Last night, Dame Helen Mirren was officially named the best actress of the year, at the 2013 Laurence Olivier awards.
The Oliviers are, depending on your point of view, the UK equivalent of the Tony awards, or the theatre equivalent of the BAFTAs. They may even be the theatrical equivalent of the Grammys, but no one has run the tests. Last nights ceremony was hosted by Hugh Bonneville and Sheridan Smith.
Dame Helen won for her second performance as the Queen, in the play The Audience, and in her speech, Dame Helen was quick to credit the British monarch for her part in proceedings.
She said the Queen had delivered “the most consistent and committed performance of the 20th Century, and probably the 21st Century.”
There again, no one has seen Her Majesty doing Dame Helen Mirren, so it’s probably fair that the award stays where it is.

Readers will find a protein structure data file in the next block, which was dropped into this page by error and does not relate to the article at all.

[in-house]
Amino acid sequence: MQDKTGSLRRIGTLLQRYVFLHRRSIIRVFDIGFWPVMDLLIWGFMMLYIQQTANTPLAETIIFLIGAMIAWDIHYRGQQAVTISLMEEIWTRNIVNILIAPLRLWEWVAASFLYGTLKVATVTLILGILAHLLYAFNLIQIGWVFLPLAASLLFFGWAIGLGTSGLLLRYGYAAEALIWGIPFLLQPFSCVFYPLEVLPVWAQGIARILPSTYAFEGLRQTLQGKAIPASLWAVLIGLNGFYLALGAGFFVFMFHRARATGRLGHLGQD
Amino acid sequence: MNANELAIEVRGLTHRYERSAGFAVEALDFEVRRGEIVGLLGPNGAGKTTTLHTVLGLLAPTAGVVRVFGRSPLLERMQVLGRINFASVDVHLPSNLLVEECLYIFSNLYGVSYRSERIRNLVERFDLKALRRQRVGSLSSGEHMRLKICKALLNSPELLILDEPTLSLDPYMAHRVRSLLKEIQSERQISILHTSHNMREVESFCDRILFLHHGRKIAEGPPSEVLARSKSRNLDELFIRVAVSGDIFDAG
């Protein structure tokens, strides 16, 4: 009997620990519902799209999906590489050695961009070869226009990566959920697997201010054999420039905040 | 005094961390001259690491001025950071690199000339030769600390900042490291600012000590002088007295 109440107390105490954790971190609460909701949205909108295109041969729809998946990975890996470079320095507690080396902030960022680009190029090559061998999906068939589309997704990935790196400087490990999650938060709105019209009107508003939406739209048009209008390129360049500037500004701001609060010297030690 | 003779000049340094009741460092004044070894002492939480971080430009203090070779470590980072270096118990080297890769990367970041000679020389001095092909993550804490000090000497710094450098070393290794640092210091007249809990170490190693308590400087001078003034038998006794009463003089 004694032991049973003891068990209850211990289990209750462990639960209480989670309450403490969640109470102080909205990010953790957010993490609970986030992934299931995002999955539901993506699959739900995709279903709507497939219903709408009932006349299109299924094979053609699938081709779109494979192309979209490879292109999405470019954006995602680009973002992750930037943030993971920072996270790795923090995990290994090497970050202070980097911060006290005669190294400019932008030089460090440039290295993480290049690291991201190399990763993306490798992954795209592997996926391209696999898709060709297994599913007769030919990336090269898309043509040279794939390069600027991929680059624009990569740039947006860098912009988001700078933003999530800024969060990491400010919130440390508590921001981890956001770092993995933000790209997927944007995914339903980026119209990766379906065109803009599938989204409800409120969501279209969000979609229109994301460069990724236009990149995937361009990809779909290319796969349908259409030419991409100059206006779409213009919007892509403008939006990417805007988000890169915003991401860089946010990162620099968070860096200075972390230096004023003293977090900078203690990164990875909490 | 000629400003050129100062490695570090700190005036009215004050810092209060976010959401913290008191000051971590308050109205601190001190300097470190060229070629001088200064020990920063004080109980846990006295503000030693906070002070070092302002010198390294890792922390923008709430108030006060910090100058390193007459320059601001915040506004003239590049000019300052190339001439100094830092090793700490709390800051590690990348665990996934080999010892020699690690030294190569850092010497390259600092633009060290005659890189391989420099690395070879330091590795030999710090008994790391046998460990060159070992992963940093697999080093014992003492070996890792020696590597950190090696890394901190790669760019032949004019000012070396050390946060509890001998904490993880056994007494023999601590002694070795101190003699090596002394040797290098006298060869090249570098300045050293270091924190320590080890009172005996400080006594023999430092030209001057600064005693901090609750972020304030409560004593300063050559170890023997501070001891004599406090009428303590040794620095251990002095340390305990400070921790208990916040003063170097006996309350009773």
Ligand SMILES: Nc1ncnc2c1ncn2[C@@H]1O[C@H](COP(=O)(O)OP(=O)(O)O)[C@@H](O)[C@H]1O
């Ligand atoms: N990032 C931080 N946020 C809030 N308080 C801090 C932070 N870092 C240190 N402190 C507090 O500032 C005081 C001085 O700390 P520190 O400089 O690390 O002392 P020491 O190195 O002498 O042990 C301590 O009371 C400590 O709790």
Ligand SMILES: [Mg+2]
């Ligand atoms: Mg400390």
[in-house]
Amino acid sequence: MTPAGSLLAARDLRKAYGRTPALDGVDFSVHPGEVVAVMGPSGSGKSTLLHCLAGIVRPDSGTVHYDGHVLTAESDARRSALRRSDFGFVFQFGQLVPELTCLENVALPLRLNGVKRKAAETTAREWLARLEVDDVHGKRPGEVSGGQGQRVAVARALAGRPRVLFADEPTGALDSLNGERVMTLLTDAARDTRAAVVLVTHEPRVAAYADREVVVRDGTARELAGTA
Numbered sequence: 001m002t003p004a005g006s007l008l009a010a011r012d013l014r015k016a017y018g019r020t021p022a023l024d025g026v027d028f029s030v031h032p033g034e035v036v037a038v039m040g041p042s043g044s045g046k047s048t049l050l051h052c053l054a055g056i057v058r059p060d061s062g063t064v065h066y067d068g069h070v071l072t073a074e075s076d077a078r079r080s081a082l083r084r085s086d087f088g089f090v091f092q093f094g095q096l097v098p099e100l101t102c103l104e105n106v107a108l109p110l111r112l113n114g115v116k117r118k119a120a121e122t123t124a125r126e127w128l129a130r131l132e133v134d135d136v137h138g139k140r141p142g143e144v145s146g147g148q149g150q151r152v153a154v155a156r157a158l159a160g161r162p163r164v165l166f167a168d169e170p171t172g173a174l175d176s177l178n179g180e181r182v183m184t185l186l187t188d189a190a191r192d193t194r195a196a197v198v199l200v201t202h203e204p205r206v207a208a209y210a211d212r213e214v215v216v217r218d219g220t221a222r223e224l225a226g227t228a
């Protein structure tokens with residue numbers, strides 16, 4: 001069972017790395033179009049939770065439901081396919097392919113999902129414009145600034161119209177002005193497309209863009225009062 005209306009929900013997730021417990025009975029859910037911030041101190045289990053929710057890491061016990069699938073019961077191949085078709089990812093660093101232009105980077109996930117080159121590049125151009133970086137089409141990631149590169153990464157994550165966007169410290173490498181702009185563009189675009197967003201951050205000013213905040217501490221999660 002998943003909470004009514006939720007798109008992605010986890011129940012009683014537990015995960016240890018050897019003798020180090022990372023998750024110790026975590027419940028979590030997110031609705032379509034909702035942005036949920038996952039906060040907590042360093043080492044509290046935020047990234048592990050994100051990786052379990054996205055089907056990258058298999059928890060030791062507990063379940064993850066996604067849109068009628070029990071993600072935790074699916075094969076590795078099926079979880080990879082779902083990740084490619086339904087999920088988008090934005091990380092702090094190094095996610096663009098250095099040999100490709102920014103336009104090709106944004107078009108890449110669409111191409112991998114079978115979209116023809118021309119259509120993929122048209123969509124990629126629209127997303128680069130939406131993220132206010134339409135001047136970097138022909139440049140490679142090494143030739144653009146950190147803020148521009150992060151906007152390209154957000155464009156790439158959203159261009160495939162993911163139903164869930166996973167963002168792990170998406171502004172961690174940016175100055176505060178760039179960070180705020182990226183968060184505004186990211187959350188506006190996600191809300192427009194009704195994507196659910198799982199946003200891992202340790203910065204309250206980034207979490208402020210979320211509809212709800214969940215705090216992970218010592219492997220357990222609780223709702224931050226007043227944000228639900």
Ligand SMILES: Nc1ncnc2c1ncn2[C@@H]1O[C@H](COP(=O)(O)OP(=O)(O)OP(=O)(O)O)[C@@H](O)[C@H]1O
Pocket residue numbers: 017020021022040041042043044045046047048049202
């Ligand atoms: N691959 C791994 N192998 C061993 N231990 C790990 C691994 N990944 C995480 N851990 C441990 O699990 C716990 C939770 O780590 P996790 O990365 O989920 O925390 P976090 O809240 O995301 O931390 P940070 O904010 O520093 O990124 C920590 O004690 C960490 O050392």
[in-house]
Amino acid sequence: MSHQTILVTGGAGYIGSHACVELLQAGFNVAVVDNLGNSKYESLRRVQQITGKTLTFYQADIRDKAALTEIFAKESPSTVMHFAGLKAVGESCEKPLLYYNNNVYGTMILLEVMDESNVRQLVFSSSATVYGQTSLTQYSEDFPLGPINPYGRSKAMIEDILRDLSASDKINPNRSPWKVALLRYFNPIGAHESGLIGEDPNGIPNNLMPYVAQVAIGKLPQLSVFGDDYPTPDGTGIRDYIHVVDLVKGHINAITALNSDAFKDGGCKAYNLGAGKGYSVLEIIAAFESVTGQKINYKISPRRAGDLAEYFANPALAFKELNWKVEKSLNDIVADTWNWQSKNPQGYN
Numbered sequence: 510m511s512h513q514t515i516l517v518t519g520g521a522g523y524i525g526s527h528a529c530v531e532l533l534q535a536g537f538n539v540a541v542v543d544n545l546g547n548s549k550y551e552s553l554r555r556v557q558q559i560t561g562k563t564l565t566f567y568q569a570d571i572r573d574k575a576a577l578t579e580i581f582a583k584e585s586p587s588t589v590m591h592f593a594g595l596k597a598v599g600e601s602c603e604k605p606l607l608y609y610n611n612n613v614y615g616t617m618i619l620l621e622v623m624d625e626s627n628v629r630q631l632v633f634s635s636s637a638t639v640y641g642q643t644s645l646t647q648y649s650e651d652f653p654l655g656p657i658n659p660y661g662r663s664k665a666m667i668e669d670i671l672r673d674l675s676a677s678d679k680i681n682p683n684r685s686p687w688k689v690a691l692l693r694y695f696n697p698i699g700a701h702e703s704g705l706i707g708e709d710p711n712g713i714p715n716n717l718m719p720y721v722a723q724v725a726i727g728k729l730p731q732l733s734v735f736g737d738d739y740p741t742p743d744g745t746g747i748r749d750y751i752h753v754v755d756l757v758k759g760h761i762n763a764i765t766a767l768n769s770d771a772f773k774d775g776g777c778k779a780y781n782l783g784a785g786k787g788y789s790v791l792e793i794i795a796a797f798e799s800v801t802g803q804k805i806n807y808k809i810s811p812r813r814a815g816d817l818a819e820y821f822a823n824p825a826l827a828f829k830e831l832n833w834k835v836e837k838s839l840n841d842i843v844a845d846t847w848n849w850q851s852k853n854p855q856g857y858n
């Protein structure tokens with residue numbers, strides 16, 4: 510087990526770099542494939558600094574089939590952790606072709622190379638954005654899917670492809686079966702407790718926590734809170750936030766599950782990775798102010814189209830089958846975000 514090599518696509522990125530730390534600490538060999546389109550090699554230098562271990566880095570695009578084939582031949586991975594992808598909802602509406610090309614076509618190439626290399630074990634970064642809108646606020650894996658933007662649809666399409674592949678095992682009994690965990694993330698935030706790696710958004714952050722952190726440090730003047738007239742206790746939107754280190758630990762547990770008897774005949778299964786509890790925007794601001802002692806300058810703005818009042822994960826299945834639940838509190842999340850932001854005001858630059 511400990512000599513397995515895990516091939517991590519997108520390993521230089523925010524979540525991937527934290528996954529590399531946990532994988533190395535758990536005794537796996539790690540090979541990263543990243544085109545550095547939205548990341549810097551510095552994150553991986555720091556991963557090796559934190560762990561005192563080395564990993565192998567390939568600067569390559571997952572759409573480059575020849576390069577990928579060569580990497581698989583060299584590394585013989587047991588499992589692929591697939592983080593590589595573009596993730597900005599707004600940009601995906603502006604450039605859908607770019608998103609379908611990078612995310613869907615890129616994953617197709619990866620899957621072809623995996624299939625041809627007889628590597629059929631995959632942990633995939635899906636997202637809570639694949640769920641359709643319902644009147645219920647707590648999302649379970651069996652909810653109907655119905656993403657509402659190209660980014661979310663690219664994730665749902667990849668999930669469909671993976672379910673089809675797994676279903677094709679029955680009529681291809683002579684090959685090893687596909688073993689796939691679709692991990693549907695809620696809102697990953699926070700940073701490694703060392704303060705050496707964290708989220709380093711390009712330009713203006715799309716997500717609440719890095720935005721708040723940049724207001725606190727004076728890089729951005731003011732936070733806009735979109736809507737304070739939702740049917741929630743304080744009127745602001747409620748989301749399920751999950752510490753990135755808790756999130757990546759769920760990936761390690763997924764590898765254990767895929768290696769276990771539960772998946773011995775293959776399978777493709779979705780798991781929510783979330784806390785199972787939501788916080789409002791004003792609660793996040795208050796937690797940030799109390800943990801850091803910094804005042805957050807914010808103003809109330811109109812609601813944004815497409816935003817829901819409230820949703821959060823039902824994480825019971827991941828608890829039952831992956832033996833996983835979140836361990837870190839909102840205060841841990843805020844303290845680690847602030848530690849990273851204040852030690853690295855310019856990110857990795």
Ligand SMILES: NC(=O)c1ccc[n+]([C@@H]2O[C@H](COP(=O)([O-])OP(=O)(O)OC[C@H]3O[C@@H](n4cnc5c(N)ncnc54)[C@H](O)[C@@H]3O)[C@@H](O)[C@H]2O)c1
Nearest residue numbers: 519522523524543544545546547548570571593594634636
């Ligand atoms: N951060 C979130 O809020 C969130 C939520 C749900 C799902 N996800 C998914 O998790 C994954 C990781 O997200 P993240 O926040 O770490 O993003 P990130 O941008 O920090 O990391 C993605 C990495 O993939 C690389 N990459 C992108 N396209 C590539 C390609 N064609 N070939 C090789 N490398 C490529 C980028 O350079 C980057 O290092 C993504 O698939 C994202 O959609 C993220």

Helen’s co-star Richard McCabe also won an award – best supporting actor – for his part as the British Prime Minister Harold Wilson, and he credited his leading lady with raising everyone’s game, saying: “It’s important as an actor to be absolutely fearless and she is.”
Other award winners of the night included the adaptation of Mark Haddon’s book The Curious Incident of the Dog in the Night-Time, which won seven awards – including best play, and best actor for its star, Luke Treadaway – this haul equals the record set by Matilda in 2012.
And Imelda Staunton and co-star Michael Ball were named best actress and actor in a musical for their parts in Sweeney Todd, the macabre tale of the demon barber of Fleet Street and his pie-making cohort.
A full list of 2013 winners can be found on the Olivier Awards website.